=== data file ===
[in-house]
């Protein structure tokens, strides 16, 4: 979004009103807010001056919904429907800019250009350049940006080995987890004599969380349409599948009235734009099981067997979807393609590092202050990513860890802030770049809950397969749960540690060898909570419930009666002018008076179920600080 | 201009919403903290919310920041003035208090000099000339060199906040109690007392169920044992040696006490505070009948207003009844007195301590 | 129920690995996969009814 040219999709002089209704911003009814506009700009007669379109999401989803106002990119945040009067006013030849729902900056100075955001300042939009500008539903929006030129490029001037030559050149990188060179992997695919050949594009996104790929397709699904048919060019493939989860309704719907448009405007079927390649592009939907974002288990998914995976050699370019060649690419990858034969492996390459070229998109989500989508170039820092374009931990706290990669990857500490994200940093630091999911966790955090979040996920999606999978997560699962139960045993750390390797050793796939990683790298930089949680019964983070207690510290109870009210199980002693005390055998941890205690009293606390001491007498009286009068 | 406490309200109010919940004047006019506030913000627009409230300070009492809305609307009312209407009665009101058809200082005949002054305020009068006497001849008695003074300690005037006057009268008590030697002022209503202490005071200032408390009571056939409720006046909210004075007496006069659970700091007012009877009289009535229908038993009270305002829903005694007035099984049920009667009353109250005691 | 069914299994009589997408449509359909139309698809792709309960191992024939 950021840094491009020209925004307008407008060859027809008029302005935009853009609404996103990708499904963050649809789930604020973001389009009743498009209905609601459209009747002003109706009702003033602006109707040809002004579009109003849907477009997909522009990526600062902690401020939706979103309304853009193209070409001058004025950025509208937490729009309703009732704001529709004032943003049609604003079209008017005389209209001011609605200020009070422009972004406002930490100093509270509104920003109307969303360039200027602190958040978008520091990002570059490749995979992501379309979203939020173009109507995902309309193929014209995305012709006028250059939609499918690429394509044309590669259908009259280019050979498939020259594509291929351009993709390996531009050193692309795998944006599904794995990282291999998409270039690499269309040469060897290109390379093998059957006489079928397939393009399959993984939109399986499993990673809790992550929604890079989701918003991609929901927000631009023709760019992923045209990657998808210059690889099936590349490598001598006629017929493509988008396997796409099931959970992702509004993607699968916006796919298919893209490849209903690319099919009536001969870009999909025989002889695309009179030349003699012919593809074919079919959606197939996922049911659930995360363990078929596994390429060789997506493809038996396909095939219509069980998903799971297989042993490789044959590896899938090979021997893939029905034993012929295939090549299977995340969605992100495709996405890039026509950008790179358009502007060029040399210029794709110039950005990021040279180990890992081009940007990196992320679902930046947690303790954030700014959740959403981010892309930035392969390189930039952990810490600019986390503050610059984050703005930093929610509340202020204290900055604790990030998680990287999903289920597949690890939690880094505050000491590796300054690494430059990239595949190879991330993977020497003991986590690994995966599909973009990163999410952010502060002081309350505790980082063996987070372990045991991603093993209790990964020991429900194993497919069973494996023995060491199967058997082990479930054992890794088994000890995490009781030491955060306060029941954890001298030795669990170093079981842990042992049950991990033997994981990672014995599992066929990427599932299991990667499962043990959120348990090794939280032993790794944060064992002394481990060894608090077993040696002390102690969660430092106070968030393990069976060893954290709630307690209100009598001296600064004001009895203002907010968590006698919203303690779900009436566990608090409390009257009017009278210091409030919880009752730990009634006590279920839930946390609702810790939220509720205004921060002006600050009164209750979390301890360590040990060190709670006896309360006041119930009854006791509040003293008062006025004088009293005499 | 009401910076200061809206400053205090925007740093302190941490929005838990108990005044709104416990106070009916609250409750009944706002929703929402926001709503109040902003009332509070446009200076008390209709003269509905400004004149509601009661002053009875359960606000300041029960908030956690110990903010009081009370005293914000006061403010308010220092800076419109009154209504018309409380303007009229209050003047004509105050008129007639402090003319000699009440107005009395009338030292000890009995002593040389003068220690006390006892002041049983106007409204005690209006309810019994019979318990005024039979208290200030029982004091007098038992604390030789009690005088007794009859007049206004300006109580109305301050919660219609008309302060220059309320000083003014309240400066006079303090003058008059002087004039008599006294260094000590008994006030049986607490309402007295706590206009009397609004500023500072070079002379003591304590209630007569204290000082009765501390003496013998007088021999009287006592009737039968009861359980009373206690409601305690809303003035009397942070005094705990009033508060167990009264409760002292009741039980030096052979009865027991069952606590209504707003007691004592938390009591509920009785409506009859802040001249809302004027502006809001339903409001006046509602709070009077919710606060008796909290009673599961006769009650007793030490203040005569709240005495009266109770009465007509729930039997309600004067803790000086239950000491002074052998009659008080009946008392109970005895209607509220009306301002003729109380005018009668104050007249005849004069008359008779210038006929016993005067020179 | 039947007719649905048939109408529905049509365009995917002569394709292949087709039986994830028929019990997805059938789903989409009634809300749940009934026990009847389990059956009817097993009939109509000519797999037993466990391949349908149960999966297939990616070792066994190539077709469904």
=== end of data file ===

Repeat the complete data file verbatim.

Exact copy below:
[in-house]
């Protein structure tokens, strides 16, 4: 979004009103807010001056919904429907800019250009350049940006080995987890004599969380349409599948009235734009099981067997979807393609590092202050990513860890802030770049809950397969749960540690060898909570419930009666002018008076179920600080 | 201009919403903290919310920041003035208090000099000339060199906040109690007392169920044992040696006490505070009948207003009844007195301590 | 129920690995996969009814 040219999709002089209704911003009814506009700009007669379109999401989803106002990119945040009067006013030849729902900056100075955001300042939009500008539903929006030129490029001037030559050149990188060179992997695919050949594009996104790929397709699904048919060019493939989860309704719907448009405007079927390649592009939907974002288990998914995976050699370019060649690419990858034969492996390459070229998109989500989508170039820092374009931990706290990669990857500490994200940093630091999911966790955090979040996920999606999978997560699962139960045993750390390797050793796939990683790298930089949680019964983070207690510290109870009210199980002693005390055998941890205690009293606390001491007498009286009068 | 406490309200109010919940004047006019506030913000627009409230300070009492809305609307009312209407009665009101058809200082005949002054305020009068006497001849008695003074300690005037006057009268008590030697002022209503202490005071200032408390009571056939409720006046909210004075007496006069659970700091007012009877009289009535229908038993009270305002829903005694007035099984049920009667009353109250005691 | 069914299994009589997408449509359909139309698809792709309960191992024939 950021840094491009020209925004307008407008060859027809008029302005935009853009609404996103990708499904963050649809789930604020973001389009009743498009209905609601459209009747002003109706009702003033602006109707040809002004579009109003849907477009997909522009990526600062902690401020939706979103309304853009193209070409001058004025950025509208937490729009309703009732704001529709004032943003049609604003079209008017005389209209001011609605200020009070422009972004406002930490100093509270509104920003109307969303360039200027602190958040978008520091990002570059490749995979992501379309979203939020173009109507995902309309193929014209995305012709006028250059939609499918690429394509044309590669259908009259280019050979498939020259594509291929351009993709390996531009050193692309795998944006599904794995990282291999998409270039690499269309040469060897290109390379093998059957006489079928397939393009399959993984939109399986499993990673809790992550929604890079989701918003991609929901927000631009023709760019992923045209990657998808210059690889099936590349490598001598006629017929493509988008396997796409099931959970992702509004993607699968916006796919298919893209490849209903690319099919009536001969870009999909025989002889695309009179030349003699012919593809074919079919959606197939996922049911659930995360363990078929596994390429060789997506493809038996396909095939219509069980998903799971297989042993490789044959590896899938090979021997893939029905034993012929295939090549299977995340969605992100495709996405890039026509950008790179358009502007060029040399210029794709110039950005990021040279180990890992081009940007990196992320679902930046947690303790954030700014959740959403981010892309930035392969390189930039952990810490600019986390503050610059984050703005930093929610509340202020204290900055604790990030998680990287999903289920597949690890939690880094505050000491590796300054690494430059990239595949190879991330993977020497003991986590690994995966599909973009990163999410952010502060002081309350505790980082063996987070372990045991991603093993209790990964020991429900194993497919069973494996023995060491199967058997082990479930054992890794088994000890995490009781030491955060306060029941954890001298030795669990170093079981842990042992049950991990033997994981990672014995599992066929990427599932299991990667499962043990959120348990090794939280032993790794944060064992002394481990060894608090077993040696002390102690969660430092106070968030393990069976060893954290709630307690209100009598001296600064004001009895203002907010968590006698919203303690779900009436566990608090409390009257009017009278210091409030919880009752730990009634006590279920839930946390609702810790939220509720205004921060002006600050009164209750979390301890360590040990060190709670006896309360006041119930009854006791509040003293008062006025004088009293005499 | 009401910076200061809206400053205090925007740093302190941490929005838990108990005044709104416990106070009916609250409750009944706002929703929402926001709503109040902003009332509070446009200076008390209709003269509905400004004149509601009661002053009875359960606000300041029960908030956690110990903010009081009370005293914000006061403010308010220092800076419109009154209504018309409380303007009229209050003047004509105050008129007639402090003319000699009440107005009395009338030292000890009995002593040389003068220690006390006892002041049983106007409204005690209006309810019994019979318990005024039979208290200030029982004091007098038992604390030789009690005088007794009859007049206004300006109580109305301050919660219609008309302060220059309320000083003014309240400066006079303090003058008059002087004039008599006294260094000590008994006030049986607490309402007295706590206009009397609004500023500072070079002379003591304590209630007569204290000082009765501390003496013998007088021999009287006592009737039968009861359980009373206690409601305690809303003035009397942070005094705990009033508060167990009264409760002292009741039980030096052979009865027991069952606590209504707003007691004592938390009591509920009785409506009859802040001249809302004027502006809001339903409001006046509602709070009077919710606060008796909290009673599961006769009650007793030490203040005569709240005495009266109770009465007509729930039997309600004067803790000086239950000491002074052998009659008080009946008392109970005895209607509220009306301002003729109380005018009668104050007249005849004069008359008779210038006929016993005067020179 | 039947007719649905048939109408529905049509365009995917002569394709292949087709039986994830028929019990997805059938789903989409009634809300749940009934026990009847389990059956009817097993009939109509000519797999037993466990391949349908149960999966297939990616070792066994190539077709469904």